Needle left inside patient following surgery
Posted: November 29, 2013
Posted in: Medical Negligence
Plymouth Hospitals NHS Trust has apologised for a recent incident involving a patient leaving surgery with a needle still inside them. It was discovered that, despite the patient having left the operating theatre at the end of the procedure, one of the surgical needles had been left under the patient’s skin.
This follows a previous incident that took place at Derriford Hospital earlier in the month, whereby a naso-gastric tube – used for feeding and administering medication – was ‘misplaced’. Both of these accidents have been noted in a board agenda of the Plymouth Hospitals NHS Trust.
Worrying number of “never events”
Luckily neither of the patients were harmed by the incidents that happened earlier in the month, but both have been termed “never events” by the Care Quality Commission (CQC). The CQC heavily criticised the actions of the hospital as the number of “never events” were of a worrying standard. An investigation in June looked into eight serious incidents that had occurred over the previous year, believing that all of them should never have happened.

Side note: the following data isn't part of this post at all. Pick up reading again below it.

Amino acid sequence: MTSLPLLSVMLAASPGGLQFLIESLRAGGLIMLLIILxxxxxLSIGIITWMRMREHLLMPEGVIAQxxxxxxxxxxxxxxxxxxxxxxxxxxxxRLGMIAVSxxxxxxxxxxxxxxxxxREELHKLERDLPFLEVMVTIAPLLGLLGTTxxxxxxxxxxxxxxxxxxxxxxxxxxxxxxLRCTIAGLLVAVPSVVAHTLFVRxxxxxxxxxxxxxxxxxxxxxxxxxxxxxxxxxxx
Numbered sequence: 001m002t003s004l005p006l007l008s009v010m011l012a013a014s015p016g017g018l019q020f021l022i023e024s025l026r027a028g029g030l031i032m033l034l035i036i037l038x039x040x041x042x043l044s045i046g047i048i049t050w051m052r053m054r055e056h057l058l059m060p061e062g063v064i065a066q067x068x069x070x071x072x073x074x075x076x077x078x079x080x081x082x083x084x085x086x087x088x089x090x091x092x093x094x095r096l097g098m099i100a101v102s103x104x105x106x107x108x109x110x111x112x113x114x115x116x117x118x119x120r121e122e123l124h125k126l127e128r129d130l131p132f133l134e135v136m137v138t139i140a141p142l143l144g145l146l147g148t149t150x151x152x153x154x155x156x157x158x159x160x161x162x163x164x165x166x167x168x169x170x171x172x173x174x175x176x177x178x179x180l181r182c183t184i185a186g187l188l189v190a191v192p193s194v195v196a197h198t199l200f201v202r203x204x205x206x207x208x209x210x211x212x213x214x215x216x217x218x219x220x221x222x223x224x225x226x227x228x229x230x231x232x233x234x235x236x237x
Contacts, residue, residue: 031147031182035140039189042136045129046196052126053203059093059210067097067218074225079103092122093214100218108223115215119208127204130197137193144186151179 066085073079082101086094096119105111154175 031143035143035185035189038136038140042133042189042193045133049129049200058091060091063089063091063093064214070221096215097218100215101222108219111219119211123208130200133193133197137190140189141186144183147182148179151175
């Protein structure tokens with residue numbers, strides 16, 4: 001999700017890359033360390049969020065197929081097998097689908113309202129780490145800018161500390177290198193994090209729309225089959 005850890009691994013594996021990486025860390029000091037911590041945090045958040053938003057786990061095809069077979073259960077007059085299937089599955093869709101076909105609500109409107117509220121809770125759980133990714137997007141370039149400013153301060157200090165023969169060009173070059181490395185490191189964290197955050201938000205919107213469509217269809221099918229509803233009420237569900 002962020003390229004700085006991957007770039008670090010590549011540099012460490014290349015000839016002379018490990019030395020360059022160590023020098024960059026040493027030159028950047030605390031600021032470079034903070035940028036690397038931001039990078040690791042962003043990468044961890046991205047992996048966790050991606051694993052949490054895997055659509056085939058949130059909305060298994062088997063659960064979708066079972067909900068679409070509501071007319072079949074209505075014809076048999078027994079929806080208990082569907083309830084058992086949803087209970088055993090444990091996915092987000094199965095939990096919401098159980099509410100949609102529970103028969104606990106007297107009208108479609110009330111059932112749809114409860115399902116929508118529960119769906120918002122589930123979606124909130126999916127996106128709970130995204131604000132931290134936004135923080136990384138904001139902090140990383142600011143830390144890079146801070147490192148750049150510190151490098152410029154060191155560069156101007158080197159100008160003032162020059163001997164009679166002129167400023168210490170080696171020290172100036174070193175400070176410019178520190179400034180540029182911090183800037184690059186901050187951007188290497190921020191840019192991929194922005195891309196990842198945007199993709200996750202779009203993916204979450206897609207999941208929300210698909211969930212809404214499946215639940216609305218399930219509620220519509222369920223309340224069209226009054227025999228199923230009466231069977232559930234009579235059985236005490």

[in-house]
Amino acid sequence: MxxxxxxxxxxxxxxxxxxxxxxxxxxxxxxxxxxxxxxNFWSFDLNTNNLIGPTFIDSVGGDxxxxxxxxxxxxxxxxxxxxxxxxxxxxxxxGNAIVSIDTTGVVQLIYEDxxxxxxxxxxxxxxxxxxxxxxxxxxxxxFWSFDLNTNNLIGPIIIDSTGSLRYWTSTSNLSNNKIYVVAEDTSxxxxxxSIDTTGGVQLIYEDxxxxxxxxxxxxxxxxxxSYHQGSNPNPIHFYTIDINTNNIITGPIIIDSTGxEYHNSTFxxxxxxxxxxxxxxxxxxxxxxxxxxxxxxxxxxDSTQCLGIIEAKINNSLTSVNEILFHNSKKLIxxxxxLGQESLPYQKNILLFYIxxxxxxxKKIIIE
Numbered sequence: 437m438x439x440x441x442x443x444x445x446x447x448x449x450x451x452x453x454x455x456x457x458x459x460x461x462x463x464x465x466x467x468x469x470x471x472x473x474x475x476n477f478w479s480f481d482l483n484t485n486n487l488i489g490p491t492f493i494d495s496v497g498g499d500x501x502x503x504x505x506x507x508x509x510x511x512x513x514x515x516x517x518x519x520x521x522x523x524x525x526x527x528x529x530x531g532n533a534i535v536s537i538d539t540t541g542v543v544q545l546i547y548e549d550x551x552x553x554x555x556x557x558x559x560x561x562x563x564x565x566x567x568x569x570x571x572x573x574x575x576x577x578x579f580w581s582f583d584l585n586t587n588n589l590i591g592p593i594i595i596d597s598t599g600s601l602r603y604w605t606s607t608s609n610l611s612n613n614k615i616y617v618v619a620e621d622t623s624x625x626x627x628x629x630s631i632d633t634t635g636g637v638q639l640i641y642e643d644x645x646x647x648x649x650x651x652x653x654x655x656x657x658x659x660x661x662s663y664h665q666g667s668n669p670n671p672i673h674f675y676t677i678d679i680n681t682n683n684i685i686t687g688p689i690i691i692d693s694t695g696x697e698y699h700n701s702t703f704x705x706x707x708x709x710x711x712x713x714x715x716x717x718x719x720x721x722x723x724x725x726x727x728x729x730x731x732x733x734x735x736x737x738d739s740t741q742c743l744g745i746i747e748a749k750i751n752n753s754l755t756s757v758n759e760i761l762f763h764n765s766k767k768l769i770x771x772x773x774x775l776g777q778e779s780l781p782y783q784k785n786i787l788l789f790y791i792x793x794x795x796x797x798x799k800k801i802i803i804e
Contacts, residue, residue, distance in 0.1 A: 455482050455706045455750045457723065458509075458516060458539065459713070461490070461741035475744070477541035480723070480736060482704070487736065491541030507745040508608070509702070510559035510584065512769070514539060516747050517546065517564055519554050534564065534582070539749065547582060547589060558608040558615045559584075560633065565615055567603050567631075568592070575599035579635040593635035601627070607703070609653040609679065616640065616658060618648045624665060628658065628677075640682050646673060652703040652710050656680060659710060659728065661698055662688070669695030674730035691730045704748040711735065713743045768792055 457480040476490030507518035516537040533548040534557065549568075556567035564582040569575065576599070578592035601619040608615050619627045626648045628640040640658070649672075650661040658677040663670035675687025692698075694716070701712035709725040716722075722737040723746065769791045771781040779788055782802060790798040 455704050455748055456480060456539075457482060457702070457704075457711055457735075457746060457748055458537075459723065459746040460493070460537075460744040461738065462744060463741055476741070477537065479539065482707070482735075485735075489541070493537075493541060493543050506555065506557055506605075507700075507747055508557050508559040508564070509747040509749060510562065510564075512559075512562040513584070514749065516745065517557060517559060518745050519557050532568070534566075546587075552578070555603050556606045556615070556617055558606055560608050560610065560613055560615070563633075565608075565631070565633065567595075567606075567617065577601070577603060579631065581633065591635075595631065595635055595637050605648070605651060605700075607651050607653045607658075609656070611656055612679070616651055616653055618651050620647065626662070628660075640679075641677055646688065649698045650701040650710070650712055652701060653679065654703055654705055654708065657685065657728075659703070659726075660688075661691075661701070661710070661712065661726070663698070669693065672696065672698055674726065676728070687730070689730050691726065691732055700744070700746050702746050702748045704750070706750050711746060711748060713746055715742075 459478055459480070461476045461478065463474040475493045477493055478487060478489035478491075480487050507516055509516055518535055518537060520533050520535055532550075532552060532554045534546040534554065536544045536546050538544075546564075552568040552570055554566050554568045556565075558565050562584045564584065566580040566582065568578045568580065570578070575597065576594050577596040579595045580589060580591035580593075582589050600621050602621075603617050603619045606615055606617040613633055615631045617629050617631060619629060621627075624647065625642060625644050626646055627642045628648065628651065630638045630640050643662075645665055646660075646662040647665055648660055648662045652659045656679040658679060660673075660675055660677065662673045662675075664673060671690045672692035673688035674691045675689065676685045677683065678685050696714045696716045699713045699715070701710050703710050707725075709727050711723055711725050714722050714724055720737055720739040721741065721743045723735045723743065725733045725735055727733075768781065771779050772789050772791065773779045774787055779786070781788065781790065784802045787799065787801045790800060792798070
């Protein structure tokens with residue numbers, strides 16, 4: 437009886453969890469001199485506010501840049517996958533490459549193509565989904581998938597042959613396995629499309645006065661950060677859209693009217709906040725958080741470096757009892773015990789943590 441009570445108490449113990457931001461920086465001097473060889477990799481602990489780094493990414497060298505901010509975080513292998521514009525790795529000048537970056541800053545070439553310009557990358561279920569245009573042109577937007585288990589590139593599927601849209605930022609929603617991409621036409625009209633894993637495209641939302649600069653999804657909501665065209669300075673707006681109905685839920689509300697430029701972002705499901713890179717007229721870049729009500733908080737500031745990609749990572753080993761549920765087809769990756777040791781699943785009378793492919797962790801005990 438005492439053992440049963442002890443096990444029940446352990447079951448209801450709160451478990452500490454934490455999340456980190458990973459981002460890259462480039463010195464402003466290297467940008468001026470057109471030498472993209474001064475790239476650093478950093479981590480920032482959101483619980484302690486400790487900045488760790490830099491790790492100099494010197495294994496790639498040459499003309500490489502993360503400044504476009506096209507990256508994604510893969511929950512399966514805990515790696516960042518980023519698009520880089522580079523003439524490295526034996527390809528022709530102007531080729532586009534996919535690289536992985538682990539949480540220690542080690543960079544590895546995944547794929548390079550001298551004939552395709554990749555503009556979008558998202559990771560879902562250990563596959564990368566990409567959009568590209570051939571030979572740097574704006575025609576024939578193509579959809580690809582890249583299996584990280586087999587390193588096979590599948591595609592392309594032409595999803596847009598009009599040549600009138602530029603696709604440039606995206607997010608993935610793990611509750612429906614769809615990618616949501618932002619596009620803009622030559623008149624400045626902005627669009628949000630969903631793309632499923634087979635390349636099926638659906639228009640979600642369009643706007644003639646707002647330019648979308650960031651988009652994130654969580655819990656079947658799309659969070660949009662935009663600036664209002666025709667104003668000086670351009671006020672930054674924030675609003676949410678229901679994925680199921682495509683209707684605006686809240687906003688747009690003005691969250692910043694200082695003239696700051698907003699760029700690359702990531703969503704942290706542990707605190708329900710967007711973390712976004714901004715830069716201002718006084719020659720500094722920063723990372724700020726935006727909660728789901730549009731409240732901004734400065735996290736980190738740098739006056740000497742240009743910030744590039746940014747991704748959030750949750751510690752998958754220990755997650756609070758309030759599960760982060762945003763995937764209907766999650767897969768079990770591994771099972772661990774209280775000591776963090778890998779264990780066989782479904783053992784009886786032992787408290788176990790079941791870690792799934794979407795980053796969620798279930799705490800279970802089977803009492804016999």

The trust refused to provide any more information regarding the “retained needle incident” as investigations are still being carried out. Trust medical director Philip Hughes said: “Safety is at the heart of what we do. The number of incidents is decreasing and the frequency of harm to patients is decreasing.”
Last month saw the CQC moving the hospital down from a band four to a band five on its risk list, with band one representing the highest risk and band six the lowest.
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